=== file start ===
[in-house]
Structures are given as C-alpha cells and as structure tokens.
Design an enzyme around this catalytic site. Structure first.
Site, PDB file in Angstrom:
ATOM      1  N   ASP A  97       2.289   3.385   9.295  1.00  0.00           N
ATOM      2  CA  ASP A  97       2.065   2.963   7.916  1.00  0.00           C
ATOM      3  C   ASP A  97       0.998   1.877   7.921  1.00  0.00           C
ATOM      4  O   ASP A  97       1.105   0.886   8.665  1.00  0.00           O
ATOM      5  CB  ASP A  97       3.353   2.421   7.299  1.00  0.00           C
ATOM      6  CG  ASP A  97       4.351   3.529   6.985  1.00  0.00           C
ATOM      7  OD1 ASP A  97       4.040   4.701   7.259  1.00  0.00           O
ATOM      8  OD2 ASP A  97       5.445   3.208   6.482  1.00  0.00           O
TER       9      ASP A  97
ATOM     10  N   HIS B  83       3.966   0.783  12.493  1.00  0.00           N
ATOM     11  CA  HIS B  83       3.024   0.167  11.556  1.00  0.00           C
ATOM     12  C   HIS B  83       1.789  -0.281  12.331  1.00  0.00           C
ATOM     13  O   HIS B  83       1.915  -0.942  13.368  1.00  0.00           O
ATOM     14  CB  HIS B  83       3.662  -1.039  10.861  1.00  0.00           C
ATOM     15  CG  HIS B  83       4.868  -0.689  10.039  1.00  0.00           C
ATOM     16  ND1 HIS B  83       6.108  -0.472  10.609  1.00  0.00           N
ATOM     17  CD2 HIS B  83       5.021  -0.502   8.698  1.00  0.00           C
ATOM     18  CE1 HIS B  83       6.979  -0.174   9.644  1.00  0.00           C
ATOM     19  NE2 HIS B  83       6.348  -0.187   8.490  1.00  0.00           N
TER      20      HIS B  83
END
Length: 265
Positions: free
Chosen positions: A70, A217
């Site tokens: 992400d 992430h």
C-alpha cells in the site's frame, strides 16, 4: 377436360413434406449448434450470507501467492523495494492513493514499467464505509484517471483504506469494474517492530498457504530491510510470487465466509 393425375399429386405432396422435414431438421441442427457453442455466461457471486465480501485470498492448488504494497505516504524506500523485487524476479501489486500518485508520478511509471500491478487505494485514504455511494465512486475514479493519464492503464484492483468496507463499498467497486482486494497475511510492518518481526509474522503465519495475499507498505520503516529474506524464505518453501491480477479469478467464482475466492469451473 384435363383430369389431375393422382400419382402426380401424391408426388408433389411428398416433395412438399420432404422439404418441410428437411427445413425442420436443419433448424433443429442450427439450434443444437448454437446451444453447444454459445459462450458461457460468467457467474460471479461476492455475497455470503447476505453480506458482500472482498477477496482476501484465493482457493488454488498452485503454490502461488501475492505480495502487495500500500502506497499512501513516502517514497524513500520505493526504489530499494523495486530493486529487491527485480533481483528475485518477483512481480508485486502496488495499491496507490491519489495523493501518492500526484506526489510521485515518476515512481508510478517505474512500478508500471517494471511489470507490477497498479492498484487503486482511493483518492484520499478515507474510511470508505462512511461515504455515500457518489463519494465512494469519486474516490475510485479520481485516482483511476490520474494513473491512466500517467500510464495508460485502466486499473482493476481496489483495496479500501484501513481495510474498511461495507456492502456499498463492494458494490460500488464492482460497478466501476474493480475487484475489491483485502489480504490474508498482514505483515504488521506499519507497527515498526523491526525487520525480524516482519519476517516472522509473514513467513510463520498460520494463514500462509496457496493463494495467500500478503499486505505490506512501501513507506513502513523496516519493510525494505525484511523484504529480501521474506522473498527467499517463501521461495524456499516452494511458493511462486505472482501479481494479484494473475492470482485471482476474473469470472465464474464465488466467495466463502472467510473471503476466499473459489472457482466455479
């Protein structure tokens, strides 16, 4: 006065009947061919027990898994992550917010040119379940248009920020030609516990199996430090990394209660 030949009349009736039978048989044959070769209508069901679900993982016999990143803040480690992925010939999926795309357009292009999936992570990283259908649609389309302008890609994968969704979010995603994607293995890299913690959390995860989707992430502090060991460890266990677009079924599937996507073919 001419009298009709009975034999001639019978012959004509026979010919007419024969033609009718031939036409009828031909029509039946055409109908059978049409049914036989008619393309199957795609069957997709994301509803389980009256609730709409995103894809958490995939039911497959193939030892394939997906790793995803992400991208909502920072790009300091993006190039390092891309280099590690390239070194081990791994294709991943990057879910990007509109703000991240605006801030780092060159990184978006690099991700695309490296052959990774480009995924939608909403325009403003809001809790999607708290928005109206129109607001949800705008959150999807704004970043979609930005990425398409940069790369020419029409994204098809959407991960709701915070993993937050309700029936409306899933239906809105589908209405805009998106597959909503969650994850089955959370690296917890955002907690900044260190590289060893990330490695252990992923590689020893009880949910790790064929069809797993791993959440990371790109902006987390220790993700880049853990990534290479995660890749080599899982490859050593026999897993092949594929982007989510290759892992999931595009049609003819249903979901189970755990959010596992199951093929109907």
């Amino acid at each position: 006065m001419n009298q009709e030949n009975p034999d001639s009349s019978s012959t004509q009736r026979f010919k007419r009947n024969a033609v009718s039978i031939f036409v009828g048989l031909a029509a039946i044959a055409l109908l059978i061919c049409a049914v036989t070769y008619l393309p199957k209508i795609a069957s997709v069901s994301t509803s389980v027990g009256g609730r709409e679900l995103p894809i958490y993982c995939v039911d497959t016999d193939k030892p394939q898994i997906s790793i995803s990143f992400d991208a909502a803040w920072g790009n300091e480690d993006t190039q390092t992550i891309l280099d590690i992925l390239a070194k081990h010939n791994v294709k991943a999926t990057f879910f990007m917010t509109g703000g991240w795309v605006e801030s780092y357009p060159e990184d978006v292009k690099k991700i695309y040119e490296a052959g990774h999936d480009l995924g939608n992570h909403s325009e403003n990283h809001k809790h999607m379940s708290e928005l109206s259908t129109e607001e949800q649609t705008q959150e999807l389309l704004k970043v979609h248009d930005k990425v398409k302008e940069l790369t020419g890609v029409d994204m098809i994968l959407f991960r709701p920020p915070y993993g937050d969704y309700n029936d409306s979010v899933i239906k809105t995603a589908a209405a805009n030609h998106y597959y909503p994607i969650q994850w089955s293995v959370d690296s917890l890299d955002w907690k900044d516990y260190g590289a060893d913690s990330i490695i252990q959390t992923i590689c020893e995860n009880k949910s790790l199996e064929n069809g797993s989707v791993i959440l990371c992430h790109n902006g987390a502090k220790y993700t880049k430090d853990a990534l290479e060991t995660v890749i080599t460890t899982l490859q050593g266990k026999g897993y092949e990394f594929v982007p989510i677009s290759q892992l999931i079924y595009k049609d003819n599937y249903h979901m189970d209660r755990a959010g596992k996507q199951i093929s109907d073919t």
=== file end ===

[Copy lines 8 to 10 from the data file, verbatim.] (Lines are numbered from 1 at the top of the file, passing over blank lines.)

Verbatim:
ATOM      4  O   ASP A  97       1.105   0.886   8.665  1.00  0.00           O
ATOM      5  CB  ASP A  97       3.353   2.421   7.299  1.00  0.00           C
ATOM      6  CG  ASP A  97       4.351   3.529   6.985  1.00  0.00           C